The defendant appealed from the judgment against her for exerting undue influence (Docket No. SC 17136) and the plaintiff appealed separately from the judgment in favor of the defendant on the remaining two counts of breach of fiduciary duty and statutory theft (Docket No. SC 17137). Specifically, the defendant claims that the jury instruction contained a provision permitting the jury to shift to her the burden of proof of fair dealing by clear and convincing evidence if it found that she had been a fiduciary and that, absent evidence of a fiduciary relationship, the trial court improperly allowed the jury to misapply that burden to the undue influence count. In response, the plaintiff argues that the defendant failed to preserve that claim and, further, that the jury interrogatory demonstrates that he proved undue influence by a fair preponderance of the evidence standard. The defendant contends, however, that the jury's answer to the interrogatory does not remedy the harm done by the erroneous instruction.

The defendant also raised the claim that "mere friendship is not a sufficient basis for fiduciary duty," essentially as an alternate ground for affirmance. The defendant, however, had attempted to seek permission to file a statement of alternate grounds for affirmance, which motion was denied on November 20, 2003.

In connection with his appeal, the plaintiff claims that the trial court improperly applied an incorrect standard of clear and convincing evidence in connection with the statutory theft count. The plaintiff also claims that, even applying this higher standard, he satisfied that burden and the trial court improperly misapplied this standard and invaded the province of the jury in setting aside its verdict. Finally, the plaintiff claims that the trial court improperly set aside the jury's verdict regarding the defendant's breach of her fiduciary duties to the decedent. The defendant argues in response that: the trial court properly applied the clear and convincing standard of proof to the statutory theft count in setting aside the jury's verdict because § 52-564 incorporates the standard of proof applicable to fraud claims; the court had the discretion to conclude that the verdict was unreasonable in light of the evidence that the decedent was mentally competent to make the gifts at issue; and evidence of the defendant's friendship with the decedent is not enough for the jury to have determined that the defendant owed her a fiduciary duty. We agree with the plaintiff that, even if the higher standard of clear and convincing evidence applied to the statutory theft count, the plaintiff satisfied his burden of proof and the trial court improperly set aside the verdict as to that count. Consequently, because the statutory theft count resulted in the jury's verdict of treble damages in favor of the plaintiff, and because a litigant may recover damages for the same loss only once, we need not decide either the plaintiffs or the defendant's remaining claims on appeal. Haynes v. Yale-New Haven Hospital, 243 Conn. 17, 23, 699 A.2d 964 (1997).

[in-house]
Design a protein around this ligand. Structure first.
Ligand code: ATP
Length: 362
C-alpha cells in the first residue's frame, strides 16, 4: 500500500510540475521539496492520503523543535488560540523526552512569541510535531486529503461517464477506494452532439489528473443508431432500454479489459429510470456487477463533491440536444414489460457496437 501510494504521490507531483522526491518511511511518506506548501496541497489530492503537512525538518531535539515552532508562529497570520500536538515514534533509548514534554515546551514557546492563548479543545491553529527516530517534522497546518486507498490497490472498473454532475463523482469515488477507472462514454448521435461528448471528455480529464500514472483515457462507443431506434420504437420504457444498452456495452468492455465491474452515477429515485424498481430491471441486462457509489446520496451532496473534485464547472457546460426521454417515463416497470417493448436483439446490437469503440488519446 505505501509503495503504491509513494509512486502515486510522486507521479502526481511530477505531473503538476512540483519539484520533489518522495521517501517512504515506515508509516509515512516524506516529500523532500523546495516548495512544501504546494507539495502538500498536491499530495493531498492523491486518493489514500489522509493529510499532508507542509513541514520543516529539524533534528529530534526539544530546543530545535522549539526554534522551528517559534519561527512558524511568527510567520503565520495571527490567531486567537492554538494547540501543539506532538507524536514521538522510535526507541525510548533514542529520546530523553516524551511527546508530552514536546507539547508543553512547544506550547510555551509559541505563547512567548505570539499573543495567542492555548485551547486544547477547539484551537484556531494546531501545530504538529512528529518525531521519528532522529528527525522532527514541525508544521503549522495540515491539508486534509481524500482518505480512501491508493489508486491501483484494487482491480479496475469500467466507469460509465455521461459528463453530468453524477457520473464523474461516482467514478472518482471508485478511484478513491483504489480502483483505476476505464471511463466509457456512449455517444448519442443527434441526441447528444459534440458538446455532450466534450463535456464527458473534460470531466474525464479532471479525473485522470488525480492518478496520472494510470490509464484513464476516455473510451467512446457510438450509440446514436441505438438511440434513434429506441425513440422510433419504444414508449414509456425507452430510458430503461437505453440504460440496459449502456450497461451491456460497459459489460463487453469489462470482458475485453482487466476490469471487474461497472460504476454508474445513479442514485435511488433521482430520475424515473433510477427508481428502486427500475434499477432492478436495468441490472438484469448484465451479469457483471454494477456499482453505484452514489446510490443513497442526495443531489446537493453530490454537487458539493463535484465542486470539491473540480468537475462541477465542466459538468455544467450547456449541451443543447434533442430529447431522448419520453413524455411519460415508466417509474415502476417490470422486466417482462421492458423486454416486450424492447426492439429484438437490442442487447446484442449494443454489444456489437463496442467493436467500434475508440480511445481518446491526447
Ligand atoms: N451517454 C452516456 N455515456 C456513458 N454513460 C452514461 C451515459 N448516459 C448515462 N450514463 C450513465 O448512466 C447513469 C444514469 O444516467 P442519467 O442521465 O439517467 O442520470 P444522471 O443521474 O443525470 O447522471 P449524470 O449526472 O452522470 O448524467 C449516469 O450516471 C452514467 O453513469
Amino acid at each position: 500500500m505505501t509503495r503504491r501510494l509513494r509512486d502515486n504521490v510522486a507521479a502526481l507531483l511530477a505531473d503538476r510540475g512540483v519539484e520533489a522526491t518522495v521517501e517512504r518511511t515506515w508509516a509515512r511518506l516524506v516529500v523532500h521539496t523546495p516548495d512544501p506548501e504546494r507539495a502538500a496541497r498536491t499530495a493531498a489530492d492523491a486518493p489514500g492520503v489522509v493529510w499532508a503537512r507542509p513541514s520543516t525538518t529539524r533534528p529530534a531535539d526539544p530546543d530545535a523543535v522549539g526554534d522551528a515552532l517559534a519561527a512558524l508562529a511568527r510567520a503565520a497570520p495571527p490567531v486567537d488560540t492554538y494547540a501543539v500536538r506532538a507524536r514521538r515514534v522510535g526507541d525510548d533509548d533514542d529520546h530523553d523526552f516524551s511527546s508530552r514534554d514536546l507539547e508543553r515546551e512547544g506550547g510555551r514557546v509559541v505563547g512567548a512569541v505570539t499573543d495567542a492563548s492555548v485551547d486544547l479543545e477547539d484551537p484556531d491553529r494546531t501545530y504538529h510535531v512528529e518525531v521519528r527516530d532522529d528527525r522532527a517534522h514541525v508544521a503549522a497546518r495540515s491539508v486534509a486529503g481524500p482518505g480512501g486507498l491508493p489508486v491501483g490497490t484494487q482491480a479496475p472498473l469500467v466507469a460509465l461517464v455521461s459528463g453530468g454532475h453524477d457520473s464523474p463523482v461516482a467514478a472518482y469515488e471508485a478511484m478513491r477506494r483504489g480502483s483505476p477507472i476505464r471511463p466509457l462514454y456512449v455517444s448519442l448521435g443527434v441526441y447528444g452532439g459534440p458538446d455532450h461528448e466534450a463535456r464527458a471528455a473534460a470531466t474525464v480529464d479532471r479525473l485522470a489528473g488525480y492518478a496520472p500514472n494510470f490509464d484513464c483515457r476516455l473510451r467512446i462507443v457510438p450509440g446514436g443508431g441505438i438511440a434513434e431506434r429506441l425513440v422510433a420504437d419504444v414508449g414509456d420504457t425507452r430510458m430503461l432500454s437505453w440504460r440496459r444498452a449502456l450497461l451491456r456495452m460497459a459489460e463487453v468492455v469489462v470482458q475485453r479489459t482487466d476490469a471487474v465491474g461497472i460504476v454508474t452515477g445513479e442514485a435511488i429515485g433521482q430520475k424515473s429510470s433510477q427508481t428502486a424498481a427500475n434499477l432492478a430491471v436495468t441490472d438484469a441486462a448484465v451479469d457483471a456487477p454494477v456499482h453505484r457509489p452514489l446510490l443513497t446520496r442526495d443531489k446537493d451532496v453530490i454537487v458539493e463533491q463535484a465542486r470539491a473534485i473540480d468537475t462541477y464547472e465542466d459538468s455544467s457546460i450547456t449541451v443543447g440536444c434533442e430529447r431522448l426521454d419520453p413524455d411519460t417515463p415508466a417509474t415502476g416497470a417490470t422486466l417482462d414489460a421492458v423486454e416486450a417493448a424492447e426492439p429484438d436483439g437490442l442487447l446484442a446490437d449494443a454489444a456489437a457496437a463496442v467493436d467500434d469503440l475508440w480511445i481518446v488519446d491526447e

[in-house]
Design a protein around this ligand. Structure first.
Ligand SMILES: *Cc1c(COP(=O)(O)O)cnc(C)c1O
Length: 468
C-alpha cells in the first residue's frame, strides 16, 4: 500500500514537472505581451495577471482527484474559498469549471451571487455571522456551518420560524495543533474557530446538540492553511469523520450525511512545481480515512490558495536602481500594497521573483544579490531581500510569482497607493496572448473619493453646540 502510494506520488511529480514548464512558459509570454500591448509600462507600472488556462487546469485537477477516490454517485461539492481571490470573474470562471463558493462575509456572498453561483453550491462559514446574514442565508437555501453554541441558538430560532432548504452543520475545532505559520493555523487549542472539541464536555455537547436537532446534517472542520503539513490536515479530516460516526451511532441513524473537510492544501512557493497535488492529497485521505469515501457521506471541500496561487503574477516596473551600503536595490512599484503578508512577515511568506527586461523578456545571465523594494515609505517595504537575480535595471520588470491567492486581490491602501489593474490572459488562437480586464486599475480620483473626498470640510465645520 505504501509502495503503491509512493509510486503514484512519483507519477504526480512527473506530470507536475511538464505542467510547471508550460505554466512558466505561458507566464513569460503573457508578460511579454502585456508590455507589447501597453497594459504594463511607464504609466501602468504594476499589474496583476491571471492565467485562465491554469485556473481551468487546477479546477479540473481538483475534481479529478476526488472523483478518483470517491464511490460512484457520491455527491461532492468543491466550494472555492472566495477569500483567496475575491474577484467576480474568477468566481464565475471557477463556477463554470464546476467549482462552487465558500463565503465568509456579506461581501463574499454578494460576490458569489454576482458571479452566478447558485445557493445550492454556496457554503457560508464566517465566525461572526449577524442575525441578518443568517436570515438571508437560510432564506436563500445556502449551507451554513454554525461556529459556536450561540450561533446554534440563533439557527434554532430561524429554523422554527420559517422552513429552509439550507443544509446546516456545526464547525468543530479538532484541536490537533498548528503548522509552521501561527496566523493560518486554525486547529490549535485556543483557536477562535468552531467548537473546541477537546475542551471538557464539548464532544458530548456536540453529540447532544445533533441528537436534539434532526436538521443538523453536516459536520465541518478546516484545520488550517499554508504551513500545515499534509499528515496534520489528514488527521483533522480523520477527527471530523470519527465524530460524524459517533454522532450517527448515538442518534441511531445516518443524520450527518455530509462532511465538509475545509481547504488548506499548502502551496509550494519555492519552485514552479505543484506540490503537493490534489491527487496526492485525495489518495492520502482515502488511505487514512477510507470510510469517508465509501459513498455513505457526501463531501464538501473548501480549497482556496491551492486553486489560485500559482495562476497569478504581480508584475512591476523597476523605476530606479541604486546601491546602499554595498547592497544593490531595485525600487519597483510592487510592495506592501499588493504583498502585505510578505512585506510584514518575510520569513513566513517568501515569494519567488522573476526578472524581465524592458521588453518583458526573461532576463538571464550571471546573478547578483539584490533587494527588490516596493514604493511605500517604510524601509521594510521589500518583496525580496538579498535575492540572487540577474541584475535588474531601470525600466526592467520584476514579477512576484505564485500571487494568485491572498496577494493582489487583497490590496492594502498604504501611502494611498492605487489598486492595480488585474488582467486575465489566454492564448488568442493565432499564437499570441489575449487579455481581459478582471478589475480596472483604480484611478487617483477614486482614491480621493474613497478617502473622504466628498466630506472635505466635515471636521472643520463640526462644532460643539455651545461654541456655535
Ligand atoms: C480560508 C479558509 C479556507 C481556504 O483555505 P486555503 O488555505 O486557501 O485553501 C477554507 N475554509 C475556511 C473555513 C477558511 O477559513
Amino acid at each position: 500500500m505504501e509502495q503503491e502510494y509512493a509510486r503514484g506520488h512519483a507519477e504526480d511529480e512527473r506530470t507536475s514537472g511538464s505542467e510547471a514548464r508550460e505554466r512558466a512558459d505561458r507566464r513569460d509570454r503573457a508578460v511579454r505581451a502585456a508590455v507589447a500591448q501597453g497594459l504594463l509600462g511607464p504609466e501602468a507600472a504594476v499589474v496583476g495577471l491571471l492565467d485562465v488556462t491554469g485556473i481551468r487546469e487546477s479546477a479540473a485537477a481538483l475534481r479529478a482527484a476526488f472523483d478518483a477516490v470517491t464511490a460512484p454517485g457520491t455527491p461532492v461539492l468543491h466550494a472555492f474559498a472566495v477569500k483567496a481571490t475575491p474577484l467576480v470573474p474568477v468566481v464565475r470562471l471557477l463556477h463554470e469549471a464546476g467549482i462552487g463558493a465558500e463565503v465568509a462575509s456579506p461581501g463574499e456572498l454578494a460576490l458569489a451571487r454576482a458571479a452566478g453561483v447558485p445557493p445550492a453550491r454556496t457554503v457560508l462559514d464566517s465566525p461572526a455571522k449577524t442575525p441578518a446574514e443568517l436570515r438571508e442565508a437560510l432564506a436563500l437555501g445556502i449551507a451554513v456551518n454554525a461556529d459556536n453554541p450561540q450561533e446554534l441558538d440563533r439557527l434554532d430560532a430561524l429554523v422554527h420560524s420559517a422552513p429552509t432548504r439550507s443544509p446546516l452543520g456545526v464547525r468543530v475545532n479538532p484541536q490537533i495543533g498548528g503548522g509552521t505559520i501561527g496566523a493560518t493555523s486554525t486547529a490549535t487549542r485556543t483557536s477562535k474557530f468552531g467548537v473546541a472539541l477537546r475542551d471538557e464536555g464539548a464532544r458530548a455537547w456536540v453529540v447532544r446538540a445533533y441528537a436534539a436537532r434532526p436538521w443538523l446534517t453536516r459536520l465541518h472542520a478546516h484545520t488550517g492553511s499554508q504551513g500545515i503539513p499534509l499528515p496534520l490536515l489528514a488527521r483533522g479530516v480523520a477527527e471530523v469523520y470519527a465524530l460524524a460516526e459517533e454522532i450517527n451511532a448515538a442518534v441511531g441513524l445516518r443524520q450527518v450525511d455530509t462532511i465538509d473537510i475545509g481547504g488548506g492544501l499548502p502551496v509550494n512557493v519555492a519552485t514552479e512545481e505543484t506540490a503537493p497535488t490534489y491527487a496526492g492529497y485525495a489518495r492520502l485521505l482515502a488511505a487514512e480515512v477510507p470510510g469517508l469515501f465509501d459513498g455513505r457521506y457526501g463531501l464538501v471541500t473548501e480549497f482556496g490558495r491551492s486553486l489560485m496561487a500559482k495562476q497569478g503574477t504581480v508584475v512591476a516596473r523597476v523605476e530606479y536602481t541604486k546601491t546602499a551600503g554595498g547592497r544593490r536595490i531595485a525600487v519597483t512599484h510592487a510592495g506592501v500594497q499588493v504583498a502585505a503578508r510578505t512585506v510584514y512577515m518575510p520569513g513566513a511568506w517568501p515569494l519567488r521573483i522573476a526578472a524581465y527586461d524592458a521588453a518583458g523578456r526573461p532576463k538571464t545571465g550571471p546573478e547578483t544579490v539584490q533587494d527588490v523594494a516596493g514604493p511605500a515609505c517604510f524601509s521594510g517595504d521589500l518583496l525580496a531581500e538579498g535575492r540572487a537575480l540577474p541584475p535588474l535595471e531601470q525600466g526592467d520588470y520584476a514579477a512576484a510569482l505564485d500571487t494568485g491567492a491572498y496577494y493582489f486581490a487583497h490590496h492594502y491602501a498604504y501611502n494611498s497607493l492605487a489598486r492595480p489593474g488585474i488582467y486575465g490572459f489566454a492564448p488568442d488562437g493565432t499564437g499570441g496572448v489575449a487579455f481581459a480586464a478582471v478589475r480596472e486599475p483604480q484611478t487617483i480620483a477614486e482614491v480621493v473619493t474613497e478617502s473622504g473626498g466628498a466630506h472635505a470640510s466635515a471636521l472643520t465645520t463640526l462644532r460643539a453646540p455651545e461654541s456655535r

I

We begin with a brief discussion of the appropriate standard of review. "The trial court possesses inherent power to set aside a jury verdict which, in the court's opinion, is against the law or the evidence. O'Brien v. Seyer, 183 Conn. 199, 208, 439 A.2d 292 (1981). The supervision which a judge has over the verdict is an essential part of the jury system. . . . [The trial court] should not set aside a verdict where it is apparent that there was some evidence upon which the jury might reasonably reach their conclusion, and should not refuse to set it aside where the manifest injustice of the verdict is so plain and palpable as clearly to denote that some mistake was made by the jury in the application of legal principles, or as to justify the suspicion that they or some of them were influenced by prejudice, corruption or partiality. Burr v. Harty, 75 Conn. 127, 129, 52 A. 724 (1902). The court has a duty to set aside the verdict where the jury's action is so unreasonable as to suggest that it was the product of such improper influences. State v. Avcollie, 178 Conn. 450, 457, 423 A.2d 118 (1979), cert. denied, 444 U.S. 1015, 100 S. Ct. 667, 62 L. Ed. 2d 645 (1980), aff'd, 188 Conn. 626, 453 A.2d 418 (1982), cert. denied, 461 U.S. 928, 103 S. Ct. 2088, 77 L. Ed. 2d 299 (1983); Roma v. Thames River Specialties Co., 90 Conn. 18, 19-20, 96 A. 169 (1915)." (Internal quotation marks omitted.) Palomba v. Gray, 208 Conn. 21, 23-24, 543 A.2d 1331 (1988).

We recognize that, "[i]n determining whether to set aside the verdict, the trial court walks a thin line. . . . Ultimately, [t]he decision to set aside a verdict entails the exercise of abroad legal discretion"; (internal quotation marks omitted) Labbe v. Pension Commission, 239 Conn. 168, 192, 682 A.2d 490 (1996); that, in the absence of clear abuse, we shall not disturb. "Our review of the trial court's action on a motion to set aside the verdict involves a determination of whether the trial court abused its discretion, according great weight to the action of the trial court and indulging every reasonable presumption in favor of its correctness; Labatt v. Grunewald, 182 Conn. 236, 240-41, 438 A.2d 85 (1980); Levitz v. Jewish Home for the Aged, Inc., 156 Conn. 193, 198, 239 A.2d 490 (1968); since the trial judge has had the same opportunity as the jury to view the witnesses, to assess their credibility and to determine the weight that should be given to their evidence. Loomis v. Perkins, 70 Conn. 444, 447, 39 A. 797 (1898). Moreover, the trial judge can gauge the tenor of the trial, as we, on the written record, cannot, and can detect those factors, if any, that could improperly have influenced the jury. Mather v. Griffin Hospital, 207 Conn. 125, 139, 540 A.2d 666 (1988); Birgel v. Heintz, 163 Conn. 23, 26, 301 A.2d 249 (1972). The focus of our inquiry is the action of the trial court in setting aside the verdict. Campbell v. Gould, 194 Conn. 35, 39, 478 A.2d 596 (1984)." Palomba v. Gray, supra, 208 Conn. 24-25.